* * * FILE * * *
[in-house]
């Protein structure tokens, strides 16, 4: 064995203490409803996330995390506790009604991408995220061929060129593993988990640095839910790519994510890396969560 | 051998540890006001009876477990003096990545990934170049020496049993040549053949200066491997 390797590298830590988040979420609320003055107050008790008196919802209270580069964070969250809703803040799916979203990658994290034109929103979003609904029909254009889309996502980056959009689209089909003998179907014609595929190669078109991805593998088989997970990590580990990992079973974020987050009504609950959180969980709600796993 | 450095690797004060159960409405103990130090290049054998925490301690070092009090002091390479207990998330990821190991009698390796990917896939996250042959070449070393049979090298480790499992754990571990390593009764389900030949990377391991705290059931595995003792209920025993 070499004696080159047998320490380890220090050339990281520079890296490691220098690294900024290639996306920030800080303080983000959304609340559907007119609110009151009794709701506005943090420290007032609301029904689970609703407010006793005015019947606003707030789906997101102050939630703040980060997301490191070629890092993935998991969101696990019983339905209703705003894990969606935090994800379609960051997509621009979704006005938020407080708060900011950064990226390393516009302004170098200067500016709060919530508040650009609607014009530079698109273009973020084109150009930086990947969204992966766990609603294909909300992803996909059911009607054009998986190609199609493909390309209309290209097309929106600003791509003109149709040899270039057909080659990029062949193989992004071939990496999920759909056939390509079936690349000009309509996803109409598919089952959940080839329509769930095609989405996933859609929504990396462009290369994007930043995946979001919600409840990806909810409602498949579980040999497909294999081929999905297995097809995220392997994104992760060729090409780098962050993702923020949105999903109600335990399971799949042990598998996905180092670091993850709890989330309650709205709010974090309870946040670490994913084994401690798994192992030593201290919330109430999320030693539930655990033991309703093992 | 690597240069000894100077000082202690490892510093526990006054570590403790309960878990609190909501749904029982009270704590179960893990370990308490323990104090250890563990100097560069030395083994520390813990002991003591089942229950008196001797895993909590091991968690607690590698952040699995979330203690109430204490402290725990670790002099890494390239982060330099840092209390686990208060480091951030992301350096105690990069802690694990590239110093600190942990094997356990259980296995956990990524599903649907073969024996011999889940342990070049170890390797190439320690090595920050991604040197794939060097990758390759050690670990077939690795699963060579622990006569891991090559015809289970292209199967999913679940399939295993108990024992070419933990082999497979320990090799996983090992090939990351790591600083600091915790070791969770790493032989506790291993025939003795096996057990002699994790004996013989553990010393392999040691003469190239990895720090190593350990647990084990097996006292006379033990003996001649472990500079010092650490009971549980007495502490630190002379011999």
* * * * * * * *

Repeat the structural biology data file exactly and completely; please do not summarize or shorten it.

[in-house]
């Protein structure tokens, strides 16, 4: 064995203490409803996330995390506790009604991408995220061929060129593993988990640095839910790519994510890396969560 | 051998540890006001009876477990003096990545990934170049020496049993040549053949200066491997 390797590298830590988040979420609320003055107050008790008196919802209270580069964070969250809703803040799916979203990658994290034109929103979003609904029909254009889309996502980056959009689209089909003998179907014609595929190669078109991805593998088989997970990590580990990992079973974020987050009504609950959180969980709600796993 | 450095690797004060159960409405103990130090290049054998925490301690070092009090002091390479207990998330990821190991009698390796990917896939996250042959070449070393049979090298480790499992754990571990390593009764389900030949990377391991705290059931595995003792209920025993 070499004696080159047998320490380890220090050339990281520079890296490691220098690294900024290639996306920030800080303080983000959304609340559907007119609110009151009794709701506005943090420290007032609301029904689970609703407010006793005015019947606003707030789906997101102050939630703040980060997301490191070629890092993935998991969101696990019983339905209703705003894990969606935090994800379609960051997509621009979704006005938020407080708060900011950064990226390393516009302004170098200067500016709060919530508040650009609607014009530079698109273009973020084109150009930086990947969204992966766990609603294909909300992803996909059911009607054009998986190609199609493909390309209309290209097309929106600003791509003109149709040899270039057909080659990029062949193989992004071939990496999920759909056939390509079936690349000009309509996803109409598919089952959940080839329509769930095609989405996933859609929504990396462009290369994007930043995946979001919600409840990806909810409602498949579980040999497909294999081929999905297995097809995220392997994104992760060729090409780098962050993702923020949105999903109600335990399971799949042990598998996905180092670091993850709890989330309650709205709010974090309870946040670490994913084994401690798994192992030593201290919330109430999320030693539930655990033991309703093992 | 690597240069000894100077000082202690490892510093526990006054570590403790309960878990609190909501749904029982009270704590179960893990370990308490323990104090250890563990100097560069030395083994520390813990002991003591089942229950008196001797895993909590091991968690607690590698952040699995979330203690109430204490402290725990670790002099890494390239982060330099840092209390686990208060480091951030992301350096105690990069802690694990590239110093600190942990094997356990259980296995956990990524599903649907073969024996011999889940342990070049170890390797190439320690090595920050991604040197794939060097990758390759050690670990077939690795699963060579622990006569891991090559015809289970292209199967999913679940399939295993108990024992070419933990082999497979320990090799996983090992090939990351790591600083600091915790070791969770790493032989506790291993025939003795096996057990002699994790004996013989553990010393392999040691003469190239990895720090190593350990647990084990097996006292006379033990003996001649472990500079010092650490009971549980007495502490630190002379011999």